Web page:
Council approves new alarm ordinance
A new law requiring alarm system users to register their alarms with the city was approved Monday evening.
The ordinance (city code 95.06) requires anyone in control of an alarm system that is intended to summon police or fire personnel to complete a free registration process with the city. Police may issue citations if they respond to an alarm that is not registered. It also deems a public nuisance any alarm system that sounds for longer than 20 minutes, emits an audible or visual signal more than twice within an hour or sounds a false alarm.
The city's intent is to address an issue of faulty systems that sound repeated false alarms, explained City Administrator Dave Osberg and Chief of Police Paul Schnell. Every time the police department is notified of an activated alarm, officers treat it as a crime in progress, Schnell said. At least two squad cars respond to each call. False alarms take those officers away from any other crimes that may be happening and tie them up in paperwork later as they document the call. False alarms consume a limited public resource, Schnell said, and in some cases, key-holders have no incentive to keep their alarm systems working properly. Because they know police will respond, some key-holders won't respond themselves unless the police call them, Schnell told the council.
Under the new law, alarm system users are allowed two false alarms a year. If their alarm sounds more than that, they would be required to pay a fine. The fee schedule will be determined at the May 2 council meeting.
Another key benefit to alarm registration is giving the city and police a person to contact when something does go wrong, Osberg said.
Councilmember Joe Balsanek asked for clarification on which alarm owners would be required to register. There are two types of alarm owners, Balsanek said, those whose systems report directly to central dispatch and those that are not. Schnell said he believed that only those systems tied to the dispatch service would be required to register, but encouraged those with isolated alarm systems to register as well.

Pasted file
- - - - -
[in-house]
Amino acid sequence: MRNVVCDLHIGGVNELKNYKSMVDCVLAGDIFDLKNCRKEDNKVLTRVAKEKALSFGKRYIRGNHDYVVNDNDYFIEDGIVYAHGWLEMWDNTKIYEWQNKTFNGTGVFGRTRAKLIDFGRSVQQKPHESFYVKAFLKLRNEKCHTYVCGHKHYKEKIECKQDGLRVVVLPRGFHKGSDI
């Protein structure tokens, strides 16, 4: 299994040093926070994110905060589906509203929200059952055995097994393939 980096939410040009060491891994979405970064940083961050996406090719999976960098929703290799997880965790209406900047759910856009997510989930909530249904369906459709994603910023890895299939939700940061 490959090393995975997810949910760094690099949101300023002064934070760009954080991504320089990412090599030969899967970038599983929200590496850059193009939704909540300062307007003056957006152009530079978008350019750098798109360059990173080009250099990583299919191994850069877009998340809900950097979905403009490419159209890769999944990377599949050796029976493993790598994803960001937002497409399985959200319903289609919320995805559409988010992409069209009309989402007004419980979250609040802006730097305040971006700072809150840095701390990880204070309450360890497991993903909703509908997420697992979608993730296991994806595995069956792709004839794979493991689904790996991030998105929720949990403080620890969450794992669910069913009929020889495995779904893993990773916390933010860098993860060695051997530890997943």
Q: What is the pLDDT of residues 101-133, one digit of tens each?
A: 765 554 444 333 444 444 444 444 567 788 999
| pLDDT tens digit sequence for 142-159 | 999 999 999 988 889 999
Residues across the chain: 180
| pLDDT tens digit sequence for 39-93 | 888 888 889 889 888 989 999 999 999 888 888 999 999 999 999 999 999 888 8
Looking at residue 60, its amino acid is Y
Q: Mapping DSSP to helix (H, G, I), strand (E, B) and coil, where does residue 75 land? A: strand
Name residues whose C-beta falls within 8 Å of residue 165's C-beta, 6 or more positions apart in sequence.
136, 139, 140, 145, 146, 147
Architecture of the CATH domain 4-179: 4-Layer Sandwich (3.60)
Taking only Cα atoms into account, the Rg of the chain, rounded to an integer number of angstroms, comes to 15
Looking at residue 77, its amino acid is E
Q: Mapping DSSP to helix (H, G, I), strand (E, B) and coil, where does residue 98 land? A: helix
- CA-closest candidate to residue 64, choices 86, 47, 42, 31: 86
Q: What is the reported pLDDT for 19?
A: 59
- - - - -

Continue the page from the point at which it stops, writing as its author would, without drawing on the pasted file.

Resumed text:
Council members spoke in favor of the new law.
"I look at this as a public safety issue in both aspects," Danna Elling Schultz said, referring to the abilities to respond with current contact information and manage false alarms.
"Why would you want an alarm system that isn't working?" she said.
One downtown business owner, Tony Berens, questioned the council on the long-term effect of the law. There is an administrative cost associated with registration, and while the first years might produce enough false alarm fines to make up for that cost, Berens questioned what would happen when the number of false alarms dropped, and the cost of administration exceeds fee revenue. He expected that eventually, the city would have to put a price on registration, he said.
Mayor Paul Hicks told Berens that while he couldn't speak for future councils, it is the intent of this council to keep alarm registration free.